Iraqi free press

Discussion in 'Middle East - General' started by bamthin, Jan 31, 2004.

  1. bamthin
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    bamthin Guest

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    Isn't freedom of the press something that we are supposed to be giving the Iraqis?

    I'm not sure we are setting a good example doing this.



    Iraqi Council Bans Al-Jazeera For One Month

    Saturday, January 31, 2004



    BAGHDAD, Iraq — Iraq's U.S.-appointed Governing Council has barred the Arab news channel Al-Jazeera (search) from government offices and news conferences for one month, the council said in a statement Saturday.

    The ban on one of the most popular television news stations in the Middle East went into effect Wednesday and is punishment for the disrespect the station allegedly showed toward prominent Iraqis, according to the statement. It is the second such ban against Al-Jazeera since September.

    Al-Jazeera spokesman Jihad Ballout (search) told The Associated Press that "it's yet another unfortunate situation."

    "Al-Jazeera is trying to ascertain exactly what happened with a view to rectify the matter, because we believe it is advantageous to the media as well as the governing council," Ballout said from Qatar, where Al-Jazeera is based. "All that Al-Jazeera wants is to do its job professionally."

    According to the council's statement, Al-Jazeera has shown "disrespect to Iraq and its people and harmed prominent religious and national figures."

    The statement listed senior Shiite clerics Mohsen al-Hakim (search) and his sons Mohammed Baqir al-Hakim and Mohammed Mahdi al-Hakim as among those whose memory have been tarnished by Al-Jazeera. It also mentioned Mustafa Barzani, the late father of Kurdish leader Massoud Barzani.

    The statement did not say when Al-Jazeera is supposed to have committed the offenses but regional news reports have cited the station's controversial program "The Opposite Direction," or "Ittigah al-Moakis."

    Adnan Pachachi, the Governing Council's current president, described the ban as a warning to Al-Jazeera for what he said was a "very abusive" program. He told a news conference that he hoped Al-Jazeera would in the future refrain from such "inflammatory" material.

    In September, the Governing Council imposed a two-week ban on Al-Jazeera and Al-Arabiya, a Dubai-based news channel, because it suspected the stations had violated rules that include not disclosing information about pending attacks on American troops.

    Both channels have in the past broadcast audio tapes and statements purported to be from Saddam Hussein and footage showing alleged resistance fighters vowing to continue attacks on U.S. troops.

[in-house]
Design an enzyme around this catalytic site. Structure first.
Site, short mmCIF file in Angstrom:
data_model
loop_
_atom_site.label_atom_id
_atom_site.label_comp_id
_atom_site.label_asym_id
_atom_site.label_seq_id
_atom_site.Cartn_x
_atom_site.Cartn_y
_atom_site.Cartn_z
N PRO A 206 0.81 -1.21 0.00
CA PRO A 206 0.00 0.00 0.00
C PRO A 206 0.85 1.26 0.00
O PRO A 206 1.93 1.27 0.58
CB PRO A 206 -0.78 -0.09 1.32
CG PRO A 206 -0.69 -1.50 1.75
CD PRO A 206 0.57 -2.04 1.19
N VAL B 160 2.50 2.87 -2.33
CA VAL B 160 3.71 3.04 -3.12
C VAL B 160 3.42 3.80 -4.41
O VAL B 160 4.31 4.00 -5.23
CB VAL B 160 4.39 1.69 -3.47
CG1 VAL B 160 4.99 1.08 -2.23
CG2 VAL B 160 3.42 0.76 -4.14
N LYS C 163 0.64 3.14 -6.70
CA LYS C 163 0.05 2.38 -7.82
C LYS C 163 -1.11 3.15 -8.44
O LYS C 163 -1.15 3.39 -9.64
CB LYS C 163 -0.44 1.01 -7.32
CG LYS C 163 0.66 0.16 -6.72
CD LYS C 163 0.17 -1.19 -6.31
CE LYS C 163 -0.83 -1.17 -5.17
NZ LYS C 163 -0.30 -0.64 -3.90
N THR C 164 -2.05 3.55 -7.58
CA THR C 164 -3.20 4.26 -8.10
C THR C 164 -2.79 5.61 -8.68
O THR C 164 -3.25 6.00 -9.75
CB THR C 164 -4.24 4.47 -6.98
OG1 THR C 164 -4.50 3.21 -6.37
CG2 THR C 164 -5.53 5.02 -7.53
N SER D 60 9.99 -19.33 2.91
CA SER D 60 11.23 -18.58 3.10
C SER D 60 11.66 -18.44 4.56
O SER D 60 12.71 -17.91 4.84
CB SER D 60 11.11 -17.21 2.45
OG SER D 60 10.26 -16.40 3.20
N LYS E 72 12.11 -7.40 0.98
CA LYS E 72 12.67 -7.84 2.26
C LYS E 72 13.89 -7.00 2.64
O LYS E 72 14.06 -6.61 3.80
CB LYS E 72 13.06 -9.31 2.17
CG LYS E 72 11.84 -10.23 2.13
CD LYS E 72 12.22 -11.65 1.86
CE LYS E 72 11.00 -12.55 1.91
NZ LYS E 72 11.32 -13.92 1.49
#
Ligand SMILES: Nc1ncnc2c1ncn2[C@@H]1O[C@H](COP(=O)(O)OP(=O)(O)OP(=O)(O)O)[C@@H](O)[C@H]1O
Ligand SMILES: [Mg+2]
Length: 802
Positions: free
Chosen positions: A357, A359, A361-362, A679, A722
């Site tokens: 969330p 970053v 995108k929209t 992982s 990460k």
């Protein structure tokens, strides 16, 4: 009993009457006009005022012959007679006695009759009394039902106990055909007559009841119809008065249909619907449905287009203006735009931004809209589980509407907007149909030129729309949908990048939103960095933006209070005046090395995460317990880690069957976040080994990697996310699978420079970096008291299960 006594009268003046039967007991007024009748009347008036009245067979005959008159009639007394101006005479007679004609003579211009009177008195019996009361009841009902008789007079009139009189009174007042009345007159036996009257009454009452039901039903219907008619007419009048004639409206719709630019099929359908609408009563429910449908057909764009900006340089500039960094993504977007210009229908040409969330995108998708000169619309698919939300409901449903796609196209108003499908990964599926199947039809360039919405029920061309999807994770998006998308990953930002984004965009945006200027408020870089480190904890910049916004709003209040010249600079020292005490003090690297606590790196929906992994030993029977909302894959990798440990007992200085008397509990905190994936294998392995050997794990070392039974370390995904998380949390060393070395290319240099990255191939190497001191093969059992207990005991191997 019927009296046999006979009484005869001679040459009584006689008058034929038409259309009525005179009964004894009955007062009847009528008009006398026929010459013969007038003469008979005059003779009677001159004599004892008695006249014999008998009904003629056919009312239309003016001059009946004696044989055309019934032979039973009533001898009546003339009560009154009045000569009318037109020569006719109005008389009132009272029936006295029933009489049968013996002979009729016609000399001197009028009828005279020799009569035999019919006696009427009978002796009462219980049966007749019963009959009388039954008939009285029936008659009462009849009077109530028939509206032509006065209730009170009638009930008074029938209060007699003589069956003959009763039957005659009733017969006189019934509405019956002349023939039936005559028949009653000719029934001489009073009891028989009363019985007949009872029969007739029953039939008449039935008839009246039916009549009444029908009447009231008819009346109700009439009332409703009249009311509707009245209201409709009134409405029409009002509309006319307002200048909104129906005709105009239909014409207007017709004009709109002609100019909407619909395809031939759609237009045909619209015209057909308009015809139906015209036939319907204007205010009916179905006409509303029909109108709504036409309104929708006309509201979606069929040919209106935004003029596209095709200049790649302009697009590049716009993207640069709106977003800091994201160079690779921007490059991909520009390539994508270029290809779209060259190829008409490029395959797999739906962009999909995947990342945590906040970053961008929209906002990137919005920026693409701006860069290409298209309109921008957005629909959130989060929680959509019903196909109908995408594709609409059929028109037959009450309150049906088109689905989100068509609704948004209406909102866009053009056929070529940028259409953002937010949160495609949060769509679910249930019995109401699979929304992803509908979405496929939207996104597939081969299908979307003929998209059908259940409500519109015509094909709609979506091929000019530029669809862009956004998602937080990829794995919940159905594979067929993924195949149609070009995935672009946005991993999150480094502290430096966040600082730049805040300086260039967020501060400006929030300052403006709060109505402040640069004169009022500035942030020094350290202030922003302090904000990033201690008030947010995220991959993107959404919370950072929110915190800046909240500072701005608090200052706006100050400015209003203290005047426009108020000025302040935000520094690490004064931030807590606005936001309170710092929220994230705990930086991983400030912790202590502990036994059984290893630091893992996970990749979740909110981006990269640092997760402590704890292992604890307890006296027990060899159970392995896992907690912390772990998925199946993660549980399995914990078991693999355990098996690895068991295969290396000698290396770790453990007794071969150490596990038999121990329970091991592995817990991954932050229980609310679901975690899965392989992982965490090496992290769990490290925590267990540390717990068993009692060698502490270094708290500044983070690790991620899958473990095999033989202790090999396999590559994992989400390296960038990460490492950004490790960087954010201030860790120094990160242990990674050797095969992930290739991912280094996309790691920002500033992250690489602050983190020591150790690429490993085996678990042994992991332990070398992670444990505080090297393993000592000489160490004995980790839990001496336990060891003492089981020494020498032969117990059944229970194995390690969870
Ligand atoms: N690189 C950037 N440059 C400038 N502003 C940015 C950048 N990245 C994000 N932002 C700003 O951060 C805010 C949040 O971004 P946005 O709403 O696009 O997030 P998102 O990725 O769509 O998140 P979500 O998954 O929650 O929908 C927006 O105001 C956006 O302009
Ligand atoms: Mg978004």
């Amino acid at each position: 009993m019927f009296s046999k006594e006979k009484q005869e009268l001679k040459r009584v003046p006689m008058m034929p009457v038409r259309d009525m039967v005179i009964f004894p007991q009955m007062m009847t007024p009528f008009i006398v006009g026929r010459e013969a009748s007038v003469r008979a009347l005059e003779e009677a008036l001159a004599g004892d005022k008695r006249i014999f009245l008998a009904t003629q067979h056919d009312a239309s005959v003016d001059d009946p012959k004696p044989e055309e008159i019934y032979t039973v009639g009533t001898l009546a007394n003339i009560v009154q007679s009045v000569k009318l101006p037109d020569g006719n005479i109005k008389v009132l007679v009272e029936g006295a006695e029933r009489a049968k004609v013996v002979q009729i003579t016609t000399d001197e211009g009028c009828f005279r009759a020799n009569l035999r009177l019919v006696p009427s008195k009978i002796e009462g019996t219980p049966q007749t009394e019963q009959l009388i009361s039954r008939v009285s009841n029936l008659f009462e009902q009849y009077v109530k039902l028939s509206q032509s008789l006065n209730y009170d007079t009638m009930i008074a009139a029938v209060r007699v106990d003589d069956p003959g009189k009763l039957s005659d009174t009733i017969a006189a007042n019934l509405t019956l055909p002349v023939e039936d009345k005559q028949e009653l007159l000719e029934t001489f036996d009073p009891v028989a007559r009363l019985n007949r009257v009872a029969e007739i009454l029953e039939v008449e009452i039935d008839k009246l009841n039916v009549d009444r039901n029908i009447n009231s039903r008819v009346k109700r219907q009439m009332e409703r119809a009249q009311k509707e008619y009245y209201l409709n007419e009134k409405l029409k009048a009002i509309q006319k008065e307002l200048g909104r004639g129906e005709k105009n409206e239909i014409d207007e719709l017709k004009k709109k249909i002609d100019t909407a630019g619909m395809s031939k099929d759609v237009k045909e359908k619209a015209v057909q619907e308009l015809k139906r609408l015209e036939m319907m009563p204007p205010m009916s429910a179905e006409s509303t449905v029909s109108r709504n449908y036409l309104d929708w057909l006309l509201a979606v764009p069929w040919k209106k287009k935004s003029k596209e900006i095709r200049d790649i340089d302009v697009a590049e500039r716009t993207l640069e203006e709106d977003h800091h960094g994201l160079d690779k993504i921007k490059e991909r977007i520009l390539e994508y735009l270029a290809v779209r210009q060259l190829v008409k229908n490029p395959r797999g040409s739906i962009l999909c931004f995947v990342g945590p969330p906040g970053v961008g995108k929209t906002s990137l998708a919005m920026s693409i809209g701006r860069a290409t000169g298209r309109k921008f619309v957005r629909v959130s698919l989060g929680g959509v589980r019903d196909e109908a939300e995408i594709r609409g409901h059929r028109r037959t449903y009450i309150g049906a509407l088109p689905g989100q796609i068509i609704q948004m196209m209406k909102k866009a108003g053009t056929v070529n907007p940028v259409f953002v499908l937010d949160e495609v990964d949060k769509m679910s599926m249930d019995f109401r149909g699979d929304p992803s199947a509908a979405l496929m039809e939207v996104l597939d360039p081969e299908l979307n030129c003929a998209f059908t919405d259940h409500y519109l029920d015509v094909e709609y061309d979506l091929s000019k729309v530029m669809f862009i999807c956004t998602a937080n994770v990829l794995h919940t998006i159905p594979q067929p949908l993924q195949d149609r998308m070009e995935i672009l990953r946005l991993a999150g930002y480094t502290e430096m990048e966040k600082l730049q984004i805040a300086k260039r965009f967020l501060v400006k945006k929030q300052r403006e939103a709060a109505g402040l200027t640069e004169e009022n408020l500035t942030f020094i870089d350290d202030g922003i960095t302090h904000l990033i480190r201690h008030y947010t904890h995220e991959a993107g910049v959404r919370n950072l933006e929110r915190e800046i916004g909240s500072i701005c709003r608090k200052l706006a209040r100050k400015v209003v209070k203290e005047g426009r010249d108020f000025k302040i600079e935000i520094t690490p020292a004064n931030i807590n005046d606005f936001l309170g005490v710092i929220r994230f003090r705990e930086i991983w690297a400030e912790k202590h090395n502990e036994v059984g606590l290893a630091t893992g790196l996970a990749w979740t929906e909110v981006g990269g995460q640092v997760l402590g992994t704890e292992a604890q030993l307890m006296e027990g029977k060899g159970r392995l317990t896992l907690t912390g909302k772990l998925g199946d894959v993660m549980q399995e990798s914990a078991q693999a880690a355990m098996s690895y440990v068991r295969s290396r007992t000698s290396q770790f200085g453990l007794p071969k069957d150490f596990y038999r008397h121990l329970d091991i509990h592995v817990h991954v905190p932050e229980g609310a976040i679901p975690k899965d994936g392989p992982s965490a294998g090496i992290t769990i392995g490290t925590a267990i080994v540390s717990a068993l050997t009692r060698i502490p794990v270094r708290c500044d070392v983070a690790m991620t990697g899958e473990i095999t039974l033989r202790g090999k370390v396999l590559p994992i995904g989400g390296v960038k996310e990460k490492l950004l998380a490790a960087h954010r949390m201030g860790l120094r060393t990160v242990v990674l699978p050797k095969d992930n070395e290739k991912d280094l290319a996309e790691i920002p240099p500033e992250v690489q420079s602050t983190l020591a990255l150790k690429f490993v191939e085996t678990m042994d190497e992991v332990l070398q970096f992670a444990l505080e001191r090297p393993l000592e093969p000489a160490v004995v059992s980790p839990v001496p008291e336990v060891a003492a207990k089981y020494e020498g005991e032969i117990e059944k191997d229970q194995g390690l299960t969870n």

Al-Arabiya's Baghdad offices were also raided in November by police and its broadcasts from Iraq were banned following the airing of another tape by Saddam, who was captured Dec. 13. The ban was lifted this week.



    -Bam
     
  2. eric
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    Yes once the country is stabilized ! Right now we don't need a de-stabilizing influence when our men and women are dying over there ! There are priorities and right now security takes precendence over a free press !
     
  3. jimnyc
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    Good call, I couldn't agree more.
     
  4. Moi
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    First of all, who is we? What I thought the "Iraqi governing council" was made up of was Iraqis. Secondly, there are many places that the press is banned...court rooms, congressional hearings, the oval office, etc. So what?

    Freedom of the press doesn't mean the press is free to enter every government buildng.
     
  5. bamthin
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    I think they are actually banned from press conferences. In my opinion, kicking them out is a bad thing because it adds to the general feeling of mistrust towards the US.

    How will the people believe what the US blessed press is saying when a viable, popular news outlet from the Middle East has been banned?

    -Bam
     
  6. jimnyc
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    I believe I read there were over 150 news outlets now in Iraq. I think they'll see it for what it is when they have 149 let in and one forbidden. The citizens aren't going to miss out on anything due to this penalty.
     
  7. eric
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    Maybe I should repeat my post. Right now this is not a priority !

    Your really believe they are an unbiased news source anyway ?
     
  8. Moi
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    Well, once again, the US didn't ban them. They were banned by Iraq's current government. Secondly, they are one of many news agencies. Being banned from a press conference isn't going to eliminate their ability to publish news. It means that they will have to use other sources. In the grand scheme of things, it's not all that sigificant a penalty and anyone who thinks differently about the US after this is just plain ignorant.
     
  9. AtlantaWalter
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    ..(or some other "right" we currently possess)

    Will the Homeland Insecurity people someday be telling Americans the same thing I wonder?!
     
  10. Moi
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    I don't know. But what happens in Iraq by Iraqi's is not the bell weather of what happens here.

    Besides, we have an established government here which relies on a checks and balances system. I would sincerely doubt that we would start eliminating anyone's rights. And, no, that's not what the Patriot Act does.
     

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